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Birthing, Nativity, and Maternal Depression: Australia and the United States

Author(s): Martinson, Melissa L.; Tienda, Marta

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Abstract: This study analyzes two birth cohort surveys, the Longitudinal Study of Australian Children (n=3944) and Early Childhood Longitudinal Study (n=7700), to examine variation in maternal depression by nativity, duration of residence, age at migration, and English proficiency in Australia and the United States. Both countries have long immigrant traditions and a common language. The results demonstrate that US immigrant mothers are significantly less depressed than native-born mothers, but maternal depression does not differ by nativity in Australia. Moreover, the association between duration of residence and maternal depression is not linear: recent arrivals and long-term residents exhibit the highest depression levels. Lack of English proficiency exacerbates maternal depression in Australia, but protects against depression in the United States. Differences in immigration regimes and welfare systems likely contribute to the differing salience of nativity for maternal depression.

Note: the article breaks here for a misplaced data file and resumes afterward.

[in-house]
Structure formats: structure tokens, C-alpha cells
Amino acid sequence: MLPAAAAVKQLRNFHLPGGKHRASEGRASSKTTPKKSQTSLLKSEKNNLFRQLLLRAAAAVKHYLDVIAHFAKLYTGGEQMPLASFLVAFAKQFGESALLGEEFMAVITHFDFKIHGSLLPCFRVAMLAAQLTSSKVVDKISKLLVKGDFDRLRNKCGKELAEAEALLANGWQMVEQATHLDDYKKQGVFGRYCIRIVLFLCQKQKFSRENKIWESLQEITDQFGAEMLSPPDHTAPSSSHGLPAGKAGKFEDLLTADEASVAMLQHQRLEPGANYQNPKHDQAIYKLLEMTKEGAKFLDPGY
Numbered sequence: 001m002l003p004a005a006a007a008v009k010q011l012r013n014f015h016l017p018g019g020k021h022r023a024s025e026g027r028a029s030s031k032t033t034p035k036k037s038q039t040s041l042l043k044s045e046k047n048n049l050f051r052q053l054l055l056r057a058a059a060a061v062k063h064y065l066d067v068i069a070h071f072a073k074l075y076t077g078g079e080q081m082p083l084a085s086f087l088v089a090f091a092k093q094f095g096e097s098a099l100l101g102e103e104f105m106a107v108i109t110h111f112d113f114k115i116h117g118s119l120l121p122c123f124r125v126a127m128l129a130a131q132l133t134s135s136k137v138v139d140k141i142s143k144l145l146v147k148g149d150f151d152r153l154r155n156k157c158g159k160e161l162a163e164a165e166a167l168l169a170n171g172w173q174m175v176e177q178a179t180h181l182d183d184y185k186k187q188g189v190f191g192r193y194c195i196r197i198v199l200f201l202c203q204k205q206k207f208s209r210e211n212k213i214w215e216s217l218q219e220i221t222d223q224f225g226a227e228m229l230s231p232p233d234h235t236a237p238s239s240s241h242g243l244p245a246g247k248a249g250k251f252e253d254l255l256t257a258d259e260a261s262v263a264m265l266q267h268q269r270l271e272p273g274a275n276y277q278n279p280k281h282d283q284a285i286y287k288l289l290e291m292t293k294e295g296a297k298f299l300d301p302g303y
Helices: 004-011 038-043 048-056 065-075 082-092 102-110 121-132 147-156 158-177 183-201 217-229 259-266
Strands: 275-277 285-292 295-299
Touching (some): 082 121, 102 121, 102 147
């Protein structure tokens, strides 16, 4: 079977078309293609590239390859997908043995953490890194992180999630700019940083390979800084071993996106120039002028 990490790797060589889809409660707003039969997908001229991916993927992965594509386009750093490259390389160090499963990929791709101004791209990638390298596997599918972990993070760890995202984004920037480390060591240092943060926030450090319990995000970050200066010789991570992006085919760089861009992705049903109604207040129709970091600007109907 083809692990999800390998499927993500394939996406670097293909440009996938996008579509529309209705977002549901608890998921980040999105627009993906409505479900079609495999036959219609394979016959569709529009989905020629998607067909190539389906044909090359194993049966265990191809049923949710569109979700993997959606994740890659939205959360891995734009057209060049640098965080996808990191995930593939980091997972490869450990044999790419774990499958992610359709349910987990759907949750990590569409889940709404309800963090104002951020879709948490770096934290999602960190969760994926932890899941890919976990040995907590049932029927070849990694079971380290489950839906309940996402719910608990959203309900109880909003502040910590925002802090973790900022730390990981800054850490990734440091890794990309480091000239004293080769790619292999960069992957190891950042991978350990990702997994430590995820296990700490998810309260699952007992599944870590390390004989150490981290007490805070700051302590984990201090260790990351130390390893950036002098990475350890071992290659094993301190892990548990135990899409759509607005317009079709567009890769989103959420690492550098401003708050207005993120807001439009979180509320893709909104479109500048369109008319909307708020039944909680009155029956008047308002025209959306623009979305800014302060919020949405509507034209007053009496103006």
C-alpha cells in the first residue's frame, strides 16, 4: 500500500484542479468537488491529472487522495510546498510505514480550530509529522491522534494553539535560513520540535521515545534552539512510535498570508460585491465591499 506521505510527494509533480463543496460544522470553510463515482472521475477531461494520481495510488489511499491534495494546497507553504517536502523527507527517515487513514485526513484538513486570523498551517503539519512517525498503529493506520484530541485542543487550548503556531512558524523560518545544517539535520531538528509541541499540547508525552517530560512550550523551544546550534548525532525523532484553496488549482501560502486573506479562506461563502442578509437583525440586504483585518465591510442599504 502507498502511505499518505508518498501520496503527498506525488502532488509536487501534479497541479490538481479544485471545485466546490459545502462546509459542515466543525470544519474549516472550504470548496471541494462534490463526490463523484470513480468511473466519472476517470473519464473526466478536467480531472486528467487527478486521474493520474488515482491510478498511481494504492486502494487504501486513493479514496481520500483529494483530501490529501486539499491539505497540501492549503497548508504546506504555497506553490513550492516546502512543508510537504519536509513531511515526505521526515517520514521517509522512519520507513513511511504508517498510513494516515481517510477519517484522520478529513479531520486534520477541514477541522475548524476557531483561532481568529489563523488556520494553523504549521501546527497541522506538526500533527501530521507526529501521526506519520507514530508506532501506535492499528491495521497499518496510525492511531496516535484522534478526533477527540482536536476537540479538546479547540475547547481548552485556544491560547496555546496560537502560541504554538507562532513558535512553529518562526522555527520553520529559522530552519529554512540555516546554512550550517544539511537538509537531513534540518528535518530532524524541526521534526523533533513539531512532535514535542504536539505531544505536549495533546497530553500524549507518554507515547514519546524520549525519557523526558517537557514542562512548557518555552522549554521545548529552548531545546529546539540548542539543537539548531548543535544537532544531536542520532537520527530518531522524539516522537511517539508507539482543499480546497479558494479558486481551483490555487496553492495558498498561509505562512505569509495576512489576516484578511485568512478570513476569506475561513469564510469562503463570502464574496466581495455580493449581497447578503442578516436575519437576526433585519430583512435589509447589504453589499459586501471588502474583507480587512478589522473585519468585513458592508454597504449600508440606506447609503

Publication Date: Sep-2016
Electronic Publication Date: 19-Jul-2018
Citation: Martinson, Melissa L., Tienda, Marta. (2016). Birthing, Nativity, and Maternal Depression: Australia and the United States. International Migration Review, 50 (3), 793 - 824. doi:10.1111/imre.12173
DOI: doi:10.1111/imre.12173
ISSN: 0197-9183
EISSN: 1747-7379
Pages: 793 - 824
Type of Material: Journal Article
Journal/Proceeding Title: International Migration Review
Version: Author's manuscript

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